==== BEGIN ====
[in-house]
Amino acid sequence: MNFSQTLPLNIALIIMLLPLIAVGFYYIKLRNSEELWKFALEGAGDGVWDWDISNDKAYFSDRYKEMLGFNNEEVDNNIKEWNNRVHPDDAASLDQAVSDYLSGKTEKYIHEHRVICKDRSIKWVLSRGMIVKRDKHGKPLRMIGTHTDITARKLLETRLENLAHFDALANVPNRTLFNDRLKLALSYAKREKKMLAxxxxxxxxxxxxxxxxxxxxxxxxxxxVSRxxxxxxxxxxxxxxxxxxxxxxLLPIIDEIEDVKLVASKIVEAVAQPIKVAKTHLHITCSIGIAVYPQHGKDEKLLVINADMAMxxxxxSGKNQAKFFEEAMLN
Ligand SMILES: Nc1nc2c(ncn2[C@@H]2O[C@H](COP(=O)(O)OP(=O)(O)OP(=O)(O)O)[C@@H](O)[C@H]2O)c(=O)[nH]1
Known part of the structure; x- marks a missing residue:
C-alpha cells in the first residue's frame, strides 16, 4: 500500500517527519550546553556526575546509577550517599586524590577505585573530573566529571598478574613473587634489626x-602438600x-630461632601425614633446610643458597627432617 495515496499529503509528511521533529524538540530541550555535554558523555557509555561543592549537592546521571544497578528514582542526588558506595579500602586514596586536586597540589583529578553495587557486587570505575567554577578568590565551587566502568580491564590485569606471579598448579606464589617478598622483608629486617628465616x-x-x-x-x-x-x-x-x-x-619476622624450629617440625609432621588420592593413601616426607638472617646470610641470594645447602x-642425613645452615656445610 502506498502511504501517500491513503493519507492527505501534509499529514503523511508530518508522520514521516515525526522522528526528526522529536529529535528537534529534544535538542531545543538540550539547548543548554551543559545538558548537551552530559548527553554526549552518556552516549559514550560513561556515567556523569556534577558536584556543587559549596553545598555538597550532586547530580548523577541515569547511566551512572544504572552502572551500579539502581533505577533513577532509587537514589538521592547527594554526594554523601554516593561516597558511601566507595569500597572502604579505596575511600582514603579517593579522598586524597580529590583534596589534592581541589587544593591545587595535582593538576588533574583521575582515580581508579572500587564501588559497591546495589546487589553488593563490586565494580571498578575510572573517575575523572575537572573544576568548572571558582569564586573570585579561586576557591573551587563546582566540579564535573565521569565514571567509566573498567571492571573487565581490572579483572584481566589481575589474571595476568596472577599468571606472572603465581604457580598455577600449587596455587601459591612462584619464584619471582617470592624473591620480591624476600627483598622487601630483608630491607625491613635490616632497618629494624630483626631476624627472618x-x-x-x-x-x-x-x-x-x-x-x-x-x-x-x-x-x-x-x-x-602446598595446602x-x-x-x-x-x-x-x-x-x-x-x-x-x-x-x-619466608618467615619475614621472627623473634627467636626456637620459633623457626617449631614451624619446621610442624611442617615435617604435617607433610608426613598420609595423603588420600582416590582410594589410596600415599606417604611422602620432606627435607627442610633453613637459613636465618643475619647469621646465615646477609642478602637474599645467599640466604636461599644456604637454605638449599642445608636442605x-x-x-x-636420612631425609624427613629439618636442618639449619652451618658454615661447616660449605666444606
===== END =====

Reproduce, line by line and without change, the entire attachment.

[in-house]
Amino acid sequence: MNFSQTLPLNIALIIMLLPLIAVGFYYIKLRNSEELWKFALEGAGDGVWDWDISNDKAYFSDRYKEMLGFNNEEVDNNIKEWNNRVHPDDAASLDQAVSDYLSGKTEKYIHEHRVICKDRSIKWVLSRGMIVKRDKHGKPLRMIGTHTDITARKLLETRLENLAHFDALANVPNRTLFNDRLKLALSYAKREKKMLAxxxxxxxxxxxxxxxxxxxxxxxxxxxVSRxxxxxxxxxxxxxxxxxxxxxxLLPIIDEIEDVKLVASKIVEAVAQPIKVAKTHLHITCSIGIAVYPQHGKDEKLLVINADMAMxxxxxSGKNQAKFFEEAMLN
Ligand SMILES: Nc1nc2c(ncn2[C@@H]2O[C@H](COP(=O)(O)OP(=O)(O)OP(=O)(O)O)[C@@H](O)[C@H]2O)c(=O)[nH]1
Known part of the structure; x- marks a missing residue:
C-alpha cells in the first residue's frame, strides 16, 4: 500500500517527519550546553556526575546509577550517599586524590577505585573530573566529571598478574613473587634489626x-602438600x-630461632601425614633446610643458597627432617 495515496499529503509528511521533529524538540530541550555535554558523555557509555561543592549537592546521571544497578528514582542526588558506595579500602586514596586536586597540589583529578553495587557486587570505575567554577578568590565551587566502568580491564590485569606471579598448579606464589617478598622483608629486617628465616x-x-x-x-x-x-x-x-x-x-619476622624450629617440625609432621588420592593413601616426607638472617646470610641470594645447602x-642425613645452615656445610 502506498502511504501517500491513503493519507492527505501534509499529514503523511508530518508522520514521516515525526522522528526528526522529536529529535528537534529534544535538542531545543538540550539547548543548554551543559545538558548537551552530559548527553554526549552518556552516549559514550560513561556515567556523569556534577558536584556543587559549596553545598555538597550532586547530580548523577541515569547511566551512572544504572552502572551500579539502581533505577533513577532509587537514589538521592547527594554526594554523601554516593561516597558511601566507595569500597572502604579505596575511600582514603579517593579522598586524597580529590583534596589534592581541589587544593591545587595535582593538576588533574583521575582515580581508579572500587564501588559497591546495589546487589553488593563490586565494580571498578575510572573517575575523572575537572573544576568548572571558582569564586573570585579561586576557591573551587563546582566540579564535573565521569565514571567509566573498567571492571573487565581490572579483572584481566589481575589474571595476568596472577599468571606472572603465581604457580598455577600449587596455587601459591612462584619464584619471582617470592624473591620480591624476600627483598622487601630483608630491607625491613635490616632497618629494624630483626631476624627472618x-x-x-x-x-x-x-x-x-x-x-x-x-x-x-x-x-x-x-x-x-602446598595446602x-x-x-x-x-x-x-x-x-x-x-x-x-x-x-x-619466608618467615619475614621472627623473634627467636626456637620459633623457626617449631614451624619446621610442624611442617615435617604435617607433610608426613598420609595423603588420600582416590582410594589410596600415599606417604611422602620432606627435607627442610633453613637459613636465618643475619647469621646465615646477609642478602637474599645467599640466604636461599644456604637454605638449599642445608636442605x-x-x-x-636420612631425609624427613629439618636442618639449619652451618658454615661447616660449605666444606